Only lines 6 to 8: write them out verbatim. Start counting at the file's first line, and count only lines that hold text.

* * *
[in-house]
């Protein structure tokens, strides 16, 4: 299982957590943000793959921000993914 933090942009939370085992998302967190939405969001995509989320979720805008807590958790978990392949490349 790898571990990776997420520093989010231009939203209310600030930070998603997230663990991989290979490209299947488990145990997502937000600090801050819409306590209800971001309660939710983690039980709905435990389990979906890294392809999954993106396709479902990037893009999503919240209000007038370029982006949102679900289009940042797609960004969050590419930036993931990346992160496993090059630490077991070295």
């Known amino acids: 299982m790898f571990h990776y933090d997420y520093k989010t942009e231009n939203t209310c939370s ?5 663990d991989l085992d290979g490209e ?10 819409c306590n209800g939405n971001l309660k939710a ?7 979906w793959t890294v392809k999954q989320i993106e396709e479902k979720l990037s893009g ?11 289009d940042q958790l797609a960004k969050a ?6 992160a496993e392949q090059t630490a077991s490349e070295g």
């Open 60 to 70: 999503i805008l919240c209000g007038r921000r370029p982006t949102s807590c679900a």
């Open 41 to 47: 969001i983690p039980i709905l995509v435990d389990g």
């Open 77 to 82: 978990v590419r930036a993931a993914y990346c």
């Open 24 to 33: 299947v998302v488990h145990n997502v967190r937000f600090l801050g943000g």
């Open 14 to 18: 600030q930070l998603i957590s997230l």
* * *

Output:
């Open 77 to 82: 978990v590419r930036a993931a993914y990346c």
């Open 24 to 33: 299947v998302v488990h145990n997502v967190r937000f600090l801050g943000g």
């Open 14 to 18: 600030q930070l998603i957590s997230l």